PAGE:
If you try to get .MTS files taken by an AVCHD camera into FCP X, there are a couple of extra steps required. Here are some tips and tricks to make it smoother to get AVCHD .MTS clips off of a memory card or hard drive, without the need to connect the camera to your Mac.
When working with AVCHD footage in FCP X on Mountain Lion 10.8, the key to importing .MTS footage is to use the “Import From Camera…” dialog and NOT the “Import” dialog. This is true when using either a memory card or importing the .MTS files from your hard drive.
Before importing camera media into a NLE app, some people prefer to copy footage files onto a hard drive, usually an external drive. When working with AVCHD .MTS footage and FCP X, it’s important to put the entire file structure of your AVCHD to your hard drive. FCP X sees this folder structure as that of a camera, or rather a camera archive. If you just grab some loose .MTS clips and put them in another folder, you will have trouble when importing them to FCP X for later work.
If you are importing from a memory card, you will see the card’s name show up in the list of “Cameras” when you click “Import From Camera…” In this example, the card appears as “NO NAME”, because it doesn’t have a name.
If you drop the card contents onto a hard drive before you bring it into FCP X, you will need to choose “Open Archive…” at the bottom of the Camera Import window. This gives you access to your available hard drives or other archives that you’ve created.
Once you have selected your memory card or camera archives folder location, you can then choose to import all of the files by just hitting the “Import All…” dialog.
If you only want to import some of the .MTS files, you can select your clips and even selected portions of the clips and choose “Import Selected…”
We don’t know why FCP X doesn’t support importing .MTS files through the “Import” dialogue. This is not a big problem, but it can be a little confusing if you don’t know that importing .MTS files means selecting “Import From Camera…” regardless of the file location.
However, .MTS files aren’t equal when working in Final Cut Pro X on Mountain Lion 10.8. Some .MTS files produced by Sony AVCHD cameras cannot be read correctly even you use the above mentioned methods to import. In that case, you are suggested to use Pavtube MTS to FCP X Converter for Mountain Lion to transcode Sony AVCHD .MTS to Apple ProRes 422 before getting them into FCP X. This is also available when you only have some separate .MTS clips and need to edit them with Final Cut Pro X.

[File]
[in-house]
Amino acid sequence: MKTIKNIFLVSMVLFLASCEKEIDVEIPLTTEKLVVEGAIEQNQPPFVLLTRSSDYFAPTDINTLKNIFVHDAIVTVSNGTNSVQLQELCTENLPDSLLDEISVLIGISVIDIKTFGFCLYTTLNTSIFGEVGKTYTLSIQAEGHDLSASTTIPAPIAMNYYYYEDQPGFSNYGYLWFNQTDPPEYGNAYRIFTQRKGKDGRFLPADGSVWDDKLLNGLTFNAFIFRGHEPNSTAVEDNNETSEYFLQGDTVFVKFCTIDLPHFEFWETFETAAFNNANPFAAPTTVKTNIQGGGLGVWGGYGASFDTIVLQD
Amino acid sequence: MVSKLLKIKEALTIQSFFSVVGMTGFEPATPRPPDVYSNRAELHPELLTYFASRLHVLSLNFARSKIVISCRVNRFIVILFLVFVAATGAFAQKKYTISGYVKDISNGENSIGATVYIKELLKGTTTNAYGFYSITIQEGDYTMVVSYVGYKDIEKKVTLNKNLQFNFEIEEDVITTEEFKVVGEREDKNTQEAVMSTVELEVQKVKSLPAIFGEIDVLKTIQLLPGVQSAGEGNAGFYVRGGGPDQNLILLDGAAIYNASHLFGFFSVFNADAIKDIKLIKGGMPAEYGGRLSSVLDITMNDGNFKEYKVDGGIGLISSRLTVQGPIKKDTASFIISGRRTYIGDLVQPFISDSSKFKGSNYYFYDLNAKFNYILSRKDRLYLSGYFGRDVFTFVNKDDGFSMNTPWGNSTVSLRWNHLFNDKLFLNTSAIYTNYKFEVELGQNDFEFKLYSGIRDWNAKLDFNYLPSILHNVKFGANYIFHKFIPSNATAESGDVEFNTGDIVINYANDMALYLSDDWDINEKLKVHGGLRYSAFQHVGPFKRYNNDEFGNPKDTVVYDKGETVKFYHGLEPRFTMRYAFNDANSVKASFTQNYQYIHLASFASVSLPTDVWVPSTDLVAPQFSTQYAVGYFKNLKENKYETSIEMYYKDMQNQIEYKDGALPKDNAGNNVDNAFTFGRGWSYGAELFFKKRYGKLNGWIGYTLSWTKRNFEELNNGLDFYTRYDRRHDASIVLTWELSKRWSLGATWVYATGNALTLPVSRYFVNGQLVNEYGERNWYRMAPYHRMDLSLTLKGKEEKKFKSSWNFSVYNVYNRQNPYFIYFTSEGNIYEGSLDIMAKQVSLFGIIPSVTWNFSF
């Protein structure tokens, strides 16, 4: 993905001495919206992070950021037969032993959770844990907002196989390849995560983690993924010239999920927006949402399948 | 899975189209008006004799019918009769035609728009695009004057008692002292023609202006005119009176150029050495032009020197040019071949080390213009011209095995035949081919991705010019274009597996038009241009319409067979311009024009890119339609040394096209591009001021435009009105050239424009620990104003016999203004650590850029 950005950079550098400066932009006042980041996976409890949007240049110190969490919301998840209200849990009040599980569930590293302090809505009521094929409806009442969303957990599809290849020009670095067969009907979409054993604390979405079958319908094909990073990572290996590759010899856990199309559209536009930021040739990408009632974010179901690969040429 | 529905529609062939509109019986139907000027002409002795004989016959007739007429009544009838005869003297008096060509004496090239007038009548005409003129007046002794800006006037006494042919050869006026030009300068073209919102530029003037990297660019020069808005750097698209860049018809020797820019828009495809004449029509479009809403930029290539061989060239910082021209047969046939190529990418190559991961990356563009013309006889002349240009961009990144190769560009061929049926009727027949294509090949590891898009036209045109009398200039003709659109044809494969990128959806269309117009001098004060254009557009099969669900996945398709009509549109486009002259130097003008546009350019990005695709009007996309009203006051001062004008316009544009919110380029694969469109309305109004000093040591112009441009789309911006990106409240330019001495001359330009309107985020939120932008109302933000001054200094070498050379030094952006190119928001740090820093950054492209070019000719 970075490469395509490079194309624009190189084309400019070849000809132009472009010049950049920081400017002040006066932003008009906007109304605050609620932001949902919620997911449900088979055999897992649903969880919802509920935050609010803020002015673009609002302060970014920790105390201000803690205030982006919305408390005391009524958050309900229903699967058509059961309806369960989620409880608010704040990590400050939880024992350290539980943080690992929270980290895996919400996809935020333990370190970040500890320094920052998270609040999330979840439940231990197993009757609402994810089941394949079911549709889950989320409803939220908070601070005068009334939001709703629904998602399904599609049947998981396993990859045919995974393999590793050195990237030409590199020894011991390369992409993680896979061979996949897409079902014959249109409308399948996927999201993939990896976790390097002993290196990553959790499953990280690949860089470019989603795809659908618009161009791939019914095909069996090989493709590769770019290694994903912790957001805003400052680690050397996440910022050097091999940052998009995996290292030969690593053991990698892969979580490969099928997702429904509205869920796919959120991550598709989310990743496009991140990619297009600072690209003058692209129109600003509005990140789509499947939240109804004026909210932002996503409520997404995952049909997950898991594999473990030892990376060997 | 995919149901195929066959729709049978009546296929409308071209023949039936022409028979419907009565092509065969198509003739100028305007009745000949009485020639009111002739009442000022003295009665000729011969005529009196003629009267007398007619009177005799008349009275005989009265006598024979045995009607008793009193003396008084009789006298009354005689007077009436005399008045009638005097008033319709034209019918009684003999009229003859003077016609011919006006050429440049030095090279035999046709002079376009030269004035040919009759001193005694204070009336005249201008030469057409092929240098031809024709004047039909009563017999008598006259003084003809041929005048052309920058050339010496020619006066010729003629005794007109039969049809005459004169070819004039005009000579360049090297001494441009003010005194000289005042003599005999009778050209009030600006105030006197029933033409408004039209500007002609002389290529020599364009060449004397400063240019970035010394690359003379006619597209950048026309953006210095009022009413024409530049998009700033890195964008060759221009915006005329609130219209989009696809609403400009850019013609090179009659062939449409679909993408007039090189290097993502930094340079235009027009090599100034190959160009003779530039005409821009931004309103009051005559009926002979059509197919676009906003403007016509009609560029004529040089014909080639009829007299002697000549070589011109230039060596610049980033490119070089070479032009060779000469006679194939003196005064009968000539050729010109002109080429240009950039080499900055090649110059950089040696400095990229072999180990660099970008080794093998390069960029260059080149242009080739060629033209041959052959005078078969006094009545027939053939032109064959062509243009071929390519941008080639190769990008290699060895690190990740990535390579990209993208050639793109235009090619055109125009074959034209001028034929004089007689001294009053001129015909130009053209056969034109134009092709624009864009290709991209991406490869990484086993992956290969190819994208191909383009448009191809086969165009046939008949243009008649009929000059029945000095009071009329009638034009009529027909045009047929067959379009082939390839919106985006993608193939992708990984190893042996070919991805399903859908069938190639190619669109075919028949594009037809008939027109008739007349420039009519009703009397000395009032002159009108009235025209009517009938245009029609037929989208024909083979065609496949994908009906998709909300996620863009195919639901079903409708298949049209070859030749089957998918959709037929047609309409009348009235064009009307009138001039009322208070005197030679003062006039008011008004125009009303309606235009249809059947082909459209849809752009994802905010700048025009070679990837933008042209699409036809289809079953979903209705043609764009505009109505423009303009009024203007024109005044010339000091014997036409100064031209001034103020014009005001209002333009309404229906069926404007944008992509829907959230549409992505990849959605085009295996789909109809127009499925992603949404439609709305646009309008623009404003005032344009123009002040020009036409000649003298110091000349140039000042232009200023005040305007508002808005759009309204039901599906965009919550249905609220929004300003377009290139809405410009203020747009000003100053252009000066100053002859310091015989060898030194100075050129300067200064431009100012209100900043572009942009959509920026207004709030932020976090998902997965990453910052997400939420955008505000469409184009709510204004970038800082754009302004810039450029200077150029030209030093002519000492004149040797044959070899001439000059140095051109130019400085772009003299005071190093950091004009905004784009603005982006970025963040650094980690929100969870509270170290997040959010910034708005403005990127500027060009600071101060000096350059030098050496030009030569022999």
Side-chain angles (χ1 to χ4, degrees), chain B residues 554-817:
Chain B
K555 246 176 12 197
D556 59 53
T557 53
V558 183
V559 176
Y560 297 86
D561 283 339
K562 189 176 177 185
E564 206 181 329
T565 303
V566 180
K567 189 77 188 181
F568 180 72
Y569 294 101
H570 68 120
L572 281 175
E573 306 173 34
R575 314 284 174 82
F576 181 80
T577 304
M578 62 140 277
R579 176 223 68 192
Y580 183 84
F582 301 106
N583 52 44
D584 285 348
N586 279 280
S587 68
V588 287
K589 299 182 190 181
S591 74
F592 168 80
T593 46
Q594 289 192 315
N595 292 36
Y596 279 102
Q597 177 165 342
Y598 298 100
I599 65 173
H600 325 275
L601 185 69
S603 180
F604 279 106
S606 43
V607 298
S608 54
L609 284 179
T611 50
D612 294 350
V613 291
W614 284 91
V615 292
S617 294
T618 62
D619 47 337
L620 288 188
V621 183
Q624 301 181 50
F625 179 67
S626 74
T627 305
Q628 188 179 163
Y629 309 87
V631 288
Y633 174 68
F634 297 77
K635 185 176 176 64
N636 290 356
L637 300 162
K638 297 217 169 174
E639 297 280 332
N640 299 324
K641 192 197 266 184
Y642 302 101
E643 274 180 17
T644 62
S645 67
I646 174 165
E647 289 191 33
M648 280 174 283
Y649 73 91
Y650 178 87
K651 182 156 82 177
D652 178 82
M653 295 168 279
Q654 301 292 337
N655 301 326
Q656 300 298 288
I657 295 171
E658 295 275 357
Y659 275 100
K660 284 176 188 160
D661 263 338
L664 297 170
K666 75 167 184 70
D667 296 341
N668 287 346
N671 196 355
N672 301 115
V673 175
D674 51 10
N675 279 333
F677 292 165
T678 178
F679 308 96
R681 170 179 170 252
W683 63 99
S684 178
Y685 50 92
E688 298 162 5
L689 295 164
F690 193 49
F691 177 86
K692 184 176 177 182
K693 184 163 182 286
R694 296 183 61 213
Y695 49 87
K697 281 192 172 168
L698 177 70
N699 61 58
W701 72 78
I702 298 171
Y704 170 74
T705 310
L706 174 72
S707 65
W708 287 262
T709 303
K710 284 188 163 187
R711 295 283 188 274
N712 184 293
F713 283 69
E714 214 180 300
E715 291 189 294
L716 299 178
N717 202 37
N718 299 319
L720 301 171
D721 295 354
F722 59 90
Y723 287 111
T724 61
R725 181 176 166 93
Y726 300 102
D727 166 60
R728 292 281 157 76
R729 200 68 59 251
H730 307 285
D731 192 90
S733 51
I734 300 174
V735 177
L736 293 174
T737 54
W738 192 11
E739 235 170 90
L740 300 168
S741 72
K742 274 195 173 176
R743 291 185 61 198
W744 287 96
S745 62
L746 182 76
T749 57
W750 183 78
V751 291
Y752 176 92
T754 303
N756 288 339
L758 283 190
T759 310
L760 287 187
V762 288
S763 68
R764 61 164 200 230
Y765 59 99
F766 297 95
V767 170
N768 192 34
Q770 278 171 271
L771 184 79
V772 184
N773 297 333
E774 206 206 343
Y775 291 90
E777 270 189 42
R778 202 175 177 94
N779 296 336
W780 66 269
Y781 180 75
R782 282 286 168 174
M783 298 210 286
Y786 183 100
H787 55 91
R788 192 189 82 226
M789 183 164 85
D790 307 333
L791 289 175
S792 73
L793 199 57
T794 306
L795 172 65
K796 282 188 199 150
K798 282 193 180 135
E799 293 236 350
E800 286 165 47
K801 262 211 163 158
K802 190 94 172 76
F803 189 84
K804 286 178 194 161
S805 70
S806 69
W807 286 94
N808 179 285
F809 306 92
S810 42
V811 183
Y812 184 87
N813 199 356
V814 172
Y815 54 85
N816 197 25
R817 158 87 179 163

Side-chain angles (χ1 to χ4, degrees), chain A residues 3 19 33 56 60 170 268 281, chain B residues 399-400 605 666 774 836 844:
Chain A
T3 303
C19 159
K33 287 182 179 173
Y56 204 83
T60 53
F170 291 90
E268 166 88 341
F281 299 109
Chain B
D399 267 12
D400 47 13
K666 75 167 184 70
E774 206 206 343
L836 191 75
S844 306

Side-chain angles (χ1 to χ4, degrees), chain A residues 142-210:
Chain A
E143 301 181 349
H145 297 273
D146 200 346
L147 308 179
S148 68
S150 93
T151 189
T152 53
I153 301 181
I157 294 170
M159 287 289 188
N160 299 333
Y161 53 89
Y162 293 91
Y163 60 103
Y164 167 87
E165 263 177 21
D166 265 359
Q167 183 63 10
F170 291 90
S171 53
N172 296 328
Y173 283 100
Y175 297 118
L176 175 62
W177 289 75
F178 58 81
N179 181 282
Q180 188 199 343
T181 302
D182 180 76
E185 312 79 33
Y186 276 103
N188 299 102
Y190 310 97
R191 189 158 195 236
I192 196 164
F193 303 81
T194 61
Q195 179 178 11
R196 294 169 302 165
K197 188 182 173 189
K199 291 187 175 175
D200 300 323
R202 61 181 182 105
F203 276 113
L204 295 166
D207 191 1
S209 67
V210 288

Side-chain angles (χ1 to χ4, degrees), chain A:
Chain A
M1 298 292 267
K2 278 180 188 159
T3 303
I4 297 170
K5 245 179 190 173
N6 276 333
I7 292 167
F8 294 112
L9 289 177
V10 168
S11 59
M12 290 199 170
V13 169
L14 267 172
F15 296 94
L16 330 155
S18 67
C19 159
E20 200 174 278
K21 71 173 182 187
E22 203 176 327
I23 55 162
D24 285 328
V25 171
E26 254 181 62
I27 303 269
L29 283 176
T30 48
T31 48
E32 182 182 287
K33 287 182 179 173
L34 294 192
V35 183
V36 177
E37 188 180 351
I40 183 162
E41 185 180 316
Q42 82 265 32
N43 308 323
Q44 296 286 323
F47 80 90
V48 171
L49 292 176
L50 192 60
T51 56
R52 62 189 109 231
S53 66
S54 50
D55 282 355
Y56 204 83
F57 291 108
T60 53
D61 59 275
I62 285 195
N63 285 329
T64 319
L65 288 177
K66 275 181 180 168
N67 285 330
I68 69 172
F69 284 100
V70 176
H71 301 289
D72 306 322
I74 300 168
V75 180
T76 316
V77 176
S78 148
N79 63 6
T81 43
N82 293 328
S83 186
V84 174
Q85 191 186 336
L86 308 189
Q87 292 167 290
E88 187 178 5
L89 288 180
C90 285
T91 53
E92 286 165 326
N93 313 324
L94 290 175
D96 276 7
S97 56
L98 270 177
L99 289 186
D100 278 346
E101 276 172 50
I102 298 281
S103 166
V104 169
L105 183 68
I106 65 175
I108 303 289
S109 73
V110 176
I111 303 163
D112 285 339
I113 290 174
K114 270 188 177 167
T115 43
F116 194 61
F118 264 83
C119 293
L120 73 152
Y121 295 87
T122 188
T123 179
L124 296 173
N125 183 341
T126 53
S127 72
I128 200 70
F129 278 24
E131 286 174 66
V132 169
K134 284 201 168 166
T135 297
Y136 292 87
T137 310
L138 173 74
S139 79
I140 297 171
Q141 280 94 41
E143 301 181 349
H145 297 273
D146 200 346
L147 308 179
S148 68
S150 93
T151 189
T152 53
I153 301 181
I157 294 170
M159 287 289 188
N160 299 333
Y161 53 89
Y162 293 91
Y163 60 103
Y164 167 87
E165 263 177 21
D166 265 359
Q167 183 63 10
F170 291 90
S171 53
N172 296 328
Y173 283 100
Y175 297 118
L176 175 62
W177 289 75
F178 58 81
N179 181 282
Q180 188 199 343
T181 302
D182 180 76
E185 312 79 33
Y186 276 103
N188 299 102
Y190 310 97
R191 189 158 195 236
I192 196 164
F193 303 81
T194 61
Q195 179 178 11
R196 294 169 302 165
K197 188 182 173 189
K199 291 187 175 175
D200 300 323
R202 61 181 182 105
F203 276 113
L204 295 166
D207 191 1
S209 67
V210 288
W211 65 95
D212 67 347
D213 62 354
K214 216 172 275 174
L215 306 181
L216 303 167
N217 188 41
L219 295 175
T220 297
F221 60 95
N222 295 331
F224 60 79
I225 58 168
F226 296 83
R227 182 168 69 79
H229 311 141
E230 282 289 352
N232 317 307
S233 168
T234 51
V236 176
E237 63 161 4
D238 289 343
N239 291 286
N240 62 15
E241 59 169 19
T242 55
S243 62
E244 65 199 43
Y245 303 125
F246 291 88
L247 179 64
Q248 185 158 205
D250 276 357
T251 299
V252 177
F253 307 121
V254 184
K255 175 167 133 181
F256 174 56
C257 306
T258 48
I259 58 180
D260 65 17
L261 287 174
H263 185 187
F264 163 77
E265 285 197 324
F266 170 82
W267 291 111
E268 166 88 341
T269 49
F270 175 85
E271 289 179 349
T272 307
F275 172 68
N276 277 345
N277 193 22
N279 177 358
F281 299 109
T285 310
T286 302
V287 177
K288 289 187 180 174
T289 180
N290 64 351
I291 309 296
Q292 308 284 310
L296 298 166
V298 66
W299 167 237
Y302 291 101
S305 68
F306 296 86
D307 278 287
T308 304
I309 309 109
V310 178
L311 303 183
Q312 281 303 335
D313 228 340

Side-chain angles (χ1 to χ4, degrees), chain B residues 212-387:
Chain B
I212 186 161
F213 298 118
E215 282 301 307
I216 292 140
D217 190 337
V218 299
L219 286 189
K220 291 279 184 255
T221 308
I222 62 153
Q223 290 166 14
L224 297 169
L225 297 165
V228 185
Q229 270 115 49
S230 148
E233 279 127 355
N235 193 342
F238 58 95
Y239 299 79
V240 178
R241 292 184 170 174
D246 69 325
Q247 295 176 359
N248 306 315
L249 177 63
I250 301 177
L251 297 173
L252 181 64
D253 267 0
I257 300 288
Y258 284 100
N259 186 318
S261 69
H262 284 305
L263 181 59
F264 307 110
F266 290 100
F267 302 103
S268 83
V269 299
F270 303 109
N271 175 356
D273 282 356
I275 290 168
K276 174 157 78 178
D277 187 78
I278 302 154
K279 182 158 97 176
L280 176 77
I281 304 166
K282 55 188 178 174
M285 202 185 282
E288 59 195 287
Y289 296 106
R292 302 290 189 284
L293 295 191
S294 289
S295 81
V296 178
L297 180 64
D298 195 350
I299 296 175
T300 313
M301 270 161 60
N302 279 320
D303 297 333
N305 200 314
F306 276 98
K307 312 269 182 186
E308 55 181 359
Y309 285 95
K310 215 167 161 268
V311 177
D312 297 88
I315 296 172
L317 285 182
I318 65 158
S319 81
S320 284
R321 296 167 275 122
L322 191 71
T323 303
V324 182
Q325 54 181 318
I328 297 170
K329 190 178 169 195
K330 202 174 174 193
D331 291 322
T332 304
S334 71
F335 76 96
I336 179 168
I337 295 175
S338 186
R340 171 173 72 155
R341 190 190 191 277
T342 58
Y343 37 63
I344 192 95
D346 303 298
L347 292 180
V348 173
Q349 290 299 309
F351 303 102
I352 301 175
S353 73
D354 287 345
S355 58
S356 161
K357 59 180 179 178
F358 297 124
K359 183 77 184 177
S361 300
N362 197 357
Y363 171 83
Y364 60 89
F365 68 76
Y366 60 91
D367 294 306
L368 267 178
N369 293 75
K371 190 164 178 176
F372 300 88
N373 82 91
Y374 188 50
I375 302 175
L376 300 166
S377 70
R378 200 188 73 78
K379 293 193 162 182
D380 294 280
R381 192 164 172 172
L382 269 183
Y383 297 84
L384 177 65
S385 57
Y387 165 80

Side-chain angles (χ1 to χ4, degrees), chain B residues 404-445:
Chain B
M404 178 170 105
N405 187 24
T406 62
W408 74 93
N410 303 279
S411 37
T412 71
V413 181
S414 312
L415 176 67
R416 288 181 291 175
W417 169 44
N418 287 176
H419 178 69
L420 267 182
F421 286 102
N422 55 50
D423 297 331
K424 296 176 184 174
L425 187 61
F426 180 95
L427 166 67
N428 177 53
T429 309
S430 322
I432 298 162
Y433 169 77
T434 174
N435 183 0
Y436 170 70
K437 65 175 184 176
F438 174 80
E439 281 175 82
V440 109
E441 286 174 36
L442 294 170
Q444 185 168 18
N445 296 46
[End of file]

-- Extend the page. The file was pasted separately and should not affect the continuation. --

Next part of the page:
Additional Information - The list of Sony AVCHD camcorders:
* September 2006: HDR-UX1 (DVD), HDR-UX3/UX5 (DVD), HDR-UX7 (DVD)
* October 2006: HDR-SR1 (30 GB HDD)
* June 2007: HDR-SR5 (40 GB HDD), HDR-SR7 (60 GB HDD)
* July 2007: HDR-SR5C (100 GB HDD), HDR-SR8 (100 GB HDD)
* Summer 2007: HDR-CX7 (Memory Stick Duo)
* March 2008: HDR-SR10 (40GB HDD, Memory Stick), HDR-SR11 (60 GB HDD, Memory Stick), HDR-SR12 (120 GB HDD, Memory Stick)
* HDR-TG1/TG3/TG7 (Memory Stick Duo)
* August 2008: HDR-CX12 (Memory Stick Duo)
* March 2009: HDR-XR520V (240 GB HDD), HDR-XR500V (120 GB HDD Version)
* March 2009: HDR-XR200V (120 GB HDD)
* March 2009: HDR-XR200VE (120 GB HDD + GPS)
* March 2009: HDR-XR100 (80 GB HDD)
* July 2009: HDR-CX500E, HDR-CX520E
* October 2009: HDR-CX105 (8GB Memory Stick Duo)
* January 2010: HXR-NX5, HDR-AX2000.
* March 2010: HDR-XR550 (240 GB HDD)
* June 2010: Sony NEX-5, NEX-5C (without Eye-Fi support), of both models, variants with AVCHD 1080 50i and AVCHD 1080 60i only exist
* July 2010: Sony HXR-MC50E.
* March 2011: Sony NEX-FS100
* August 2011: NEX-VG20
* October 2011: Sony SLT-A65, Sony SLT-A77V, Sony NEX-5N, and Sony NEX-7
* January 2010: Sony DSC-HX5V (GPS+COMPASS), HX5V-E
* March 2011: Sony DSC-HX9V (GPS+COMPASS), HX9V-E
* 2012: Sony HX10V, Sony HX20V, Sony DSC-RX100
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